Only one single was released from the album, “In My Next Life”, the story of a farmer and his wife looking back on a lifetime of disappointments, written by Max D. Barnes. This is my favorite song on the album, and it probably would have been a Top 10 hit had it been released a few years earlier before veteran artists were swept off the charts. It topped out at #58 and was the second and final Merle Haggard single released by Curb.

Also written by Max D. Barnes is the album’s opening cut “I Am an Island”, which is given a Jimmy Buffett style treatment. It’s a decent song, despite being a bit light on the lyrics, but it’s not really a good fit for Merle, who seems a little out of place singing it. Barnes teamed up with Merle to write the excellent “Way Back In the Mountains” and the filler track “Solid As a Rock”, which would be covered a year later by George Jones and Tammy Wynette for their reunion album.

Merle indulged his penchant for Dixeland jazz on two numbers: the self-penned and very enjoyable “What’s New In New York City” and “Set My Chickens Free”, a good but not great co-write with Richard Smith.

The album closes with an ill-advised remake of Merle’s 1977 hit “Ramblin’ Fever”. This version, with its heavy-handed production, sounds as though it were made to appeal to line-dancing fans. It’s just not impossible to improve on the original recording and Haggard and Stroud really shouldn’t have tried. I probably would have enjoyed it if I’d never heard the original.

In the end 1994 was, like its predecessor Blue Jungle, a commercial disappointment that underscored the sad reality that Haggard’s hitmaking days were behind him. While it does not quite reach the very high standards set by Merle’s earlier work, it is a very good album. The production seems a bit dated here and there but for the most part it has aged well. This is another one of those albums that fans may have overlooked, and as such it is another good opportunity to hear something “new” from Merle while he was still in good voice.

Grade: B+

Album Review: Loretta Lynn – ‘Woman of the World/To Make a Man’

516eAlwAOmLAs the 1960s drew to a close, Loretta released her final solo LP of the decade. Woman of the World/To Make a Man was comprised of the two hit singles that composed its title as well as songs penned by Loretta, the Wilburn Brothers and their songwriting staff, and of course, the usual covers of recent hits for other artists.

The album is also the beginning of a slight shift in Loretta’s musical style, away from the honky-tonk she’d sung for most of the decade, towards an ever so slightly more sophisticated but still very country sound. “Woman of the World (Leave My World Alone)”, which became her third #1 hit in April 1969, finds her in the familiar territory of confronting a romantic rival, albeit in a much less combative manner than we saw in “You Ain’t Woman Enough” or “Fist City”. The Loretta-penned “To Make a Man (Feel Like a Man)” is an upbeat number dispensing advice to the sisterhood on how to be a good wife. It’s very different from her usual fare up to that point, and the message is more in the vein of what we were used to hearing from Tammy Wynette. It reached #3, but it’s not one of her better remembered hits today.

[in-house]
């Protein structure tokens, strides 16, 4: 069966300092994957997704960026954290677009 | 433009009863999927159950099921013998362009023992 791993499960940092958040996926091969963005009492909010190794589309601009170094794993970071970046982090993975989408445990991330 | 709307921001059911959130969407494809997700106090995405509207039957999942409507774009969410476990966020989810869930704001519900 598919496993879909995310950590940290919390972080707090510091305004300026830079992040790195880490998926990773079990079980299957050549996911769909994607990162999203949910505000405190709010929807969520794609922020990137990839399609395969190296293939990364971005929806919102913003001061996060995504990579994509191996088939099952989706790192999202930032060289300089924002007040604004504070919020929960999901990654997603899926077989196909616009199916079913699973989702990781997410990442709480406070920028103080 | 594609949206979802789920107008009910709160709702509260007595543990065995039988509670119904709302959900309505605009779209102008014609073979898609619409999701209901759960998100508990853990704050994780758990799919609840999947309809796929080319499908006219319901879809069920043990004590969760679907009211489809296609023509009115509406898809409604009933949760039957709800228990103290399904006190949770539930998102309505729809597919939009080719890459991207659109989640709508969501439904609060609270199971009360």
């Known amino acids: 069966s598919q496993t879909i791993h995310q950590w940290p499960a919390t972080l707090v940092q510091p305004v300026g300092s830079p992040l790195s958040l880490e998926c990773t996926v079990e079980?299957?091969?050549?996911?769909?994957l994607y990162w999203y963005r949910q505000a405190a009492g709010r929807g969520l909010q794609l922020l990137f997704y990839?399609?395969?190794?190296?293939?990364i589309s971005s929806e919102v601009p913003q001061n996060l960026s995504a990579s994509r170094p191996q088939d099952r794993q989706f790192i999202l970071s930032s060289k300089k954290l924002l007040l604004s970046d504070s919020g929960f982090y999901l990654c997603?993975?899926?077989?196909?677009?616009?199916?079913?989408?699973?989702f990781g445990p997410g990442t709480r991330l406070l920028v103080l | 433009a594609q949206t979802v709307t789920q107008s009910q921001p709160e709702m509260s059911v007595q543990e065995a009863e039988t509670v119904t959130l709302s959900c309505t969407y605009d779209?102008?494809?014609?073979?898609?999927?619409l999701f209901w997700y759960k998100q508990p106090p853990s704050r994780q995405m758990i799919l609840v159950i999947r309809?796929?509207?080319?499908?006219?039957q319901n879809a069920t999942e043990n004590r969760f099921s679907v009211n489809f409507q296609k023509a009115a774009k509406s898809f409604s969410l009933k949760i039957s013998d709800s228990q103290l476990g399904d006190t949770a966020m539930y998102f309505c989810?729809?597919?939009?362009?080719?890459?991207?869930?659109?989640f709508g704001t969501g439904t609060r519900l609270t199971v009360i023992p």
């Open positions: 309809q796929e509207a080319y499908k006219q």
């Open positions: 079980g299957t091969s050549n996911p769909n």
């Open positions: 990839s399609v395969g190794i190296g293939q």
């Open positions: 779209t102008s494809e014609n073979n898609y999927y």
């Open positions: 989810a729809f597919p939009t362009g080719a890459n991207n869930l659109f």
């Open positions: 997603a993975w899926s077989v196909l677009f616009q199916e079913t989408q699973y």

“The Only Time I Hurt” is another Loretta original that I very much enjoyed, but “Big Sister, Little Sister”, which she co-wrote with Frances Heighton, can only be classified as a misstep. It is a maudlin number, weighed down by dated-sounding Nashville Sound choruses, which casts Loretta as the victim: an older sister who was raised to indulge her younger sibling’s wishes, and carries the habit into adulthood, going as far as to surrender her fiancé to sister.

I enjoyed most of the album’s remakes. “Johnny One Time”, which had been an adult contemporary hit for Brenda Lee and a minor country hit for Willie Nelson the year before, is a bit of a stretch for Loretta but she carries it off credibly. “If You Were Mine To Lose” had been the B-side to a Conway Twitty single. It was also recorded by Waylon Jennings, Carl Smith, and Connie Smith. Apparently no one ever had a hit with it, but it’s a very good song that suits Loretta nicely. She also does a very nice cover of Merle Haggard’s “Today I Started Loving You Again”. Her version of “Stand By Your Man” is not bad, but the production is much more scaled back than the treatment Billy Sherrill gave Tammy Wynette’s version. This is one case where less is not more, and to be fair, no one has or ever will sing that song the way Tammy did.

Woman of the World/To Make a Man allowed Loretta to not only wrap up the 1960s on a high note, it also set the stage for the next and most successful decade of her career. She was still about a year away from releasing her signature tune “Coal Miner’s Daughter”, which would be followed by such hits as “One’s On The Way”, “Rated X” and “Love Is The Foundation”. In 1972 she would become the Country Music Association’s first female Entertainer of the Year, and in 1980 she would be named Artist of the Decade for the 1970s by the Academy of Country Music. Woman of the World/To Make a Man was her segueway from honky-tonk singer to American icon, and it is well worth a listen.

Grade: A